Judith Jack Halberstam
6 –8 pm
NYU Department of Social and Cultural Analysis
20 Cooper Square, 4th Floor
In Sasha Baron Cohen’s most recent camp spoof, Brüno, the very gay and very swish Austrian fashionista compares himself several times to Hitler and jokes that he is “the second most misunderstood Austrian in history.” The intersection of Nazi and homosexual that Cohen invokes has a long and vexed history that stretches from the well-known homosexuality of Nazi storm troopers to eroticized images of Nazi soldiers by Tom of Finland. Leo Bersani notes the glorification of Nazism in the work of Jean Genet, and Dagmar Herzog notes in Sex After Fascism that “popular assumptions of Nazism as a homosexual movement have remained remarkably durable.” In this talk, I will return to a very important essay by Stuart Marshall from 1991 titled: “The Contemporary Political Use of Gay History: The Third Reich ” from How Do I Look, and try to account for both gay Nazis and the Nazi persecution of homosexuals. At stake is a complex understanding of queer history that neither whitewashes the past nor colludes in homophobic renderings of it.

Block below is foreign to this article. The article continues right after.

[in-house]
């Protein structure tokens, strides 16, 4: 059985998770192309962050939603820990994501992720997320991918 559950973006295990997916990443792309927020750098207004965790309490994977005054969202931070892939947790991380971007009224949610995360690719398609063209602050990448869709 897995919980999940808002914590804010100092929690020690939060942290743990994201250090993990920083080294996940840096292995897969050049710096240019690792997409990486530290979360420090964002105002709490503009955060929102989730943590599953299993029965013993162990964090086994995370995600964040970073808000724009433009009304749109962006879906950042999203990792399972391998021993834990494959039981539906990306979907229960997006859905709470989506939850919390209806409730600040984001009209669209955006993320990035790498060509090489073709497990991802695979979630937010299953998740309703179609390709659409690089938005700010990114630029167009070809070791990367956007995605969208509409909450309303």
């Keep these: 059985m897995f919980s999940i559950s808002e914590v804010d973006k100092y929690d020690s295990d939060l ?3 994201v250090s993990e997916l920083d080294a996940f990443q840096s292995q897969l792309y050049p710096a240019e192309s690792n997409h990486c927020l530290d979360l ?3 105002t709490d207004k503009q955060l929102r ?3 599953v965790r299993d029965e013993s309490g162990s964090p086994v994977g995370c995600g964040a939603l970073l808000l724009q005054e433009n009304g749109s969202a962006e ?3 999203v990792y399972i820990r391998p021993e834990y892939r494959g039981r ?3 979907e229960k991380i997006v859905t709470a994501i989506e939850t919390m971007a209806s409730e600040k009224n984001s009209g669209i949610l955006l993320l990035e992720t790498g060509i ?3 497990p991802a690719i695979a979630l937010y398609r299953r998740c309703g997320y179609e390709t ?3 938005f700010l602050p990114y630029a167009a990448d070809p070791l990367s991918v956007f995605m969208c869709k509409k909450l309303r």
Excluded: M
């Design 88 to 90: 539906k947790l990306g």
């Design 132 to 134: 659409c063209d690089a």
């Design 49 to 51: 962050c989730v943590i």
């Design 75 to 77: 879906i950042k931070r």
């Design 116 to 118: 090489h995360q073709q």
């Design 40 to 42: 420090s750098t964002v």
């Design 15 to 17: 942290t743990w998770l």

Judith Jack Halberstam is Professor of English and Director of the Center for Feminist Research at USC. Halberstam teaches courses in queer studies, gender theory, art, literature and film.
Halberstam is the author of Female Masculinity, The Drag King Book, Skin Shows: Gothic Horror and the Technology of Monsters and a new book from NYU Press titled In a Queer Time and Place: Transgender Bodies, Subcultural Lives.
For more information, visit the NYU Department of Social and Cultural Analysis.